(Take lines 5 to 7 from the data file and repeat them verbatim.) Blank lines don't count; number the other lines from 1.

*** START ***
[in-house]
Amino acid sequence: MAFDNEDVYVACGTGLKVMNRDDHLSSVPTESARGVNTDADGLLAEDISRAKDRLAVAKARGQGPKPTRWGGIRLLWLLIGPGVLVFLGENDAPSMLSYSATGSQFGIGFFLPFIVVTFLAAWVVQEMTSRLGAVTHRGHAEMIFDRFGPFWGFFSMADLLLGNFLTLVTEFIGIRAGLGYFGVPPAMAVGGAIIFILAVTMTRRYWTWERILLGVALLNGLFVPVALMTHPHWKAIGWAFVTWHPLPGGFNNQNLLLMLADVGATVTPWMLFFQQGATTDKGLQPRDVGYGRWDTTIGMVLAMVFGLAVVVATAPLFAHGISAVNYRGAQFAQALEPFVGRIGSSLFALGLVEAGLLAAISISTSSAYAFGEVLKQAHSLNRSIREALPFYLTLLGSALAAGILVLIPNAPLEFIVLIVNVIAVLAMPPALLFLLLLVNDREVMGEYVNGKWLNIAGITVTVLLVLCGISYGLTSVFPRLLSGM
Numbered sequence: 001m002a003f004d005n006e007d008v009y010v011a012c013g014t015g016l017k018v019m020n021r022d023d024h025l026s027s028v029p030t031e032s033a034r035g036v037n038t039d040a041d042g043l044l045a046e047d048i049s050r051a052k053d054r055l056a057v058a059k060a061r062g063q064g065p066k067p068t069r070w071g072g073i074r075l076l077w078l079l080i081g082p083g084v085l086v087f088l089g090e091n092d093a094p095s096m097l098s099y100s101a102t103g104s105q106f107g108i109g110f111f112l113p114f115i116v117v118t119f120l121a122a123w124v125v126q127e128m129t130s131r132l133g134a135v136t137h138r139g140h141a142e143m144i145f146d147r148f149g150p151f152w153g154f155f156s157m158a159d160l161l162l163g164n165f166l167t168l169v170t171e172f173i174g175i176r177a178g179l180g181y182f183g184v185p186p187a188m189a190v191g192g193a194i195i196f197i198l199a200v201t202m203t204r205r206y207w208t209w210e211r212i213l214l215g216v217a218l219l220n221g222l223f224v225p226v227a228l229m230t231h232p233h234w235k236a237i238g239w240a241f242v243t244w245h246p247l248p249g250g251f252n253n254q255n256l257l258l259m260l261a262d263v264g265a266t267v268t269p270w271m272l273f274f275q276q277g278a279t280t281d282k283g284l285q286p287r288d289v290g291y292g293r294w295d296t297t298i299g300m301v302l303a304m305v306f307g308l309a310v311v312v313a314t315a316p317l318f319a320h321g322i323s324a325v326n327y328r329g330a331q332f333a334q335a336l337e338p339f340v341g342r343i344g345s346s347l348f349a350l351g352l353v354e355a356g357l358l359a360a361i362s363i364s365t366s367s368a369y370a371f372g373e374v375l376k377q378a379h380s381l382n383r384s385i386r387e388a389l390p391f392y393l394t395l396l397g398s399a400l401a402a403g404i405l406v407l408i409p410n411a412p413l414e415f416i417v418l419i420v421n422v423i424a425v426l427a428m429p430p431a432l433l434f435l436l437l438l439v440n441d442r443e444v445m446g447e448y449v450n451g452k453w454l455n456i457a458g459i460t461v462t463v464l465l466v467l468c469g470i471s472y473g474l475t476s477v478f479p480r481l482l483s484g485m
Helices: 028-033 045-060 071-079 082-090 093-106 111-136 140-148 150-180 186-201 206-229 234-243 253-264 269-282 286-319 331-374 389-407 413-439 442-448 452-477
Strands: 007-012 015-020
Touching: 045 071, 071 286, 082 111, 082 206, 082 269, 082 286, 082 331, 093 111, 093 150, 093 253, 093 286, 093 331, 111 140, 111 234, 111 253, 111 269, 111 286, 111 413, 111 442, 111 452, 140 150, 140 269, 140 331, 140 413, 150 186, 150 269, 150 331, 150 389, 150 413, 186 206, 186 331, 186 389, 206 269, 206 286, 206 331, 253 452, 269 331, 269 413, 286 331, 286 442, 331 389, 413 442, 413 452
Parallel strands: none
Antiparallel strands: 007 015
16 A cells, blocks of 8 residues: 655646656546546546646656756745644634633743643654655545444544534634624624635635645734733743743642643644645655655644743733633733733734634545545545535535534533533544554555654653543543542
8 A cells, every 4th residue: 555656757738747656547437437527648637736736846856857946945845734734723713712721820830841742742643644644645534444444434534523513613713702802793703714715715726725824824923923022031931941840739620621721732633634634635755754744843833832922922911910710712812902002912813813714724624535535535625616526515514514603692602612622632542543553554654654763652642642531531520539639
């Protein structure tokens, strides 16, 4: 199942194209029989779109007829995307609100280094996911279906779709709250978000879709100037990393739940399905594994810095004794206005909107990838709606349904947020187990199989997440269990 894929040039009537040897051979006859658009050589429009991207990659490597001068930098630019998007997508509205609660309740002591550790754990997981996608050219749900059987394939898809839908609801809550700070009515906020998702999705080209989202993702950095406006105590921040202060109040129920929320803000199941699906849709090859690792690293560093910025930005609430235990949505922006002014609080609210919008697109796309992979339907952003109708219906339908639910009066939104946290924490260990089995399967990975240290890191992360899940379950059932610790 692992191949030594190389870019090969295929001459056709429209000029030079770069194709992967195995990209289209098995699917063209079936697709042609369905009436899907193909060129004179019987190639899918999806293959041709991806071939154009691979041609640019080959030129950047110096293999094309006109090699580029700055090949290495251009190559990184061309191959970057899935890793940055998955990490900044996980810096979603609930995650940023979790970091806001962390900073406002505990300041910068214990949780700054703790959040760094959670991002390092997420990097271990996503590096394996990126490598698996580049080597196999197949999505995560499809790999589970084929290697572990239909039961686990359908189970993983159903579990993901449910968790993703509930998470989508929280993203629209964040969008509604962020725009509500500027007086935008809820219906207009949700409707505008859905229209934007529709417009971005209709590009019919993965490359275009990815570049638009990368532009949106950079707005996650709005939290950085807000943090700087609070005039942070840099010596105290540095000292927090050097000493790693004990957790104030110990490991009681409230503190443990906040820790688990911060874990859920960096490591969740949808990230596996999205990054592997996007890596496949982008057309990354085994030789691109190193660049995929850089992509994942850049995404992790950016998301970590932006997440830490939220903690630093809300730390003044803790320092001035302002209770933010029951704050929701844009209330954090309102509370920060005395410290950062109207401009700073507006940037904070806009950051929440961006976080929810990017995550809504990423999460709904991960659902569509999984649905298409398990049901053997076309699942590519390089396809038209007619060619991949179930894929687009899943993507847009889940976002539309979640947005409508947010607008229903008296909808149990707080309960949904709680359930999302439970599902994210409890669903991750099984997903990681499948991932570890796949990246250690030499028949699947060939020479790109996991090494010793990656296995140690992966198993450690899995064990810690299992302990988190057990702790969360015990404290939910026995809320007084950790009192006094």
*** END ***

Strands: 007-012 015-020
Touching: 045 071, 071 286, 082 111, 082 206, 082 269, 082 286, 082 331, 093 111, 093 150, 093 253, 093 286, 093 331, 111 140, 111 234, 111 253, 111 269, 111 286, 111 413, 111 442, 111 452, 140 150, 140 269, 140 331, 140 413, 150 186, 150 269, 150 331, 150 389, 150 413, 186 206, 186 331, 186 389, 206 269, 206 286, 206 331, 253 452, 269 331, 269 413, 286 331, 286 442, 331 389, 413 442, 413 452
Parallel strands: none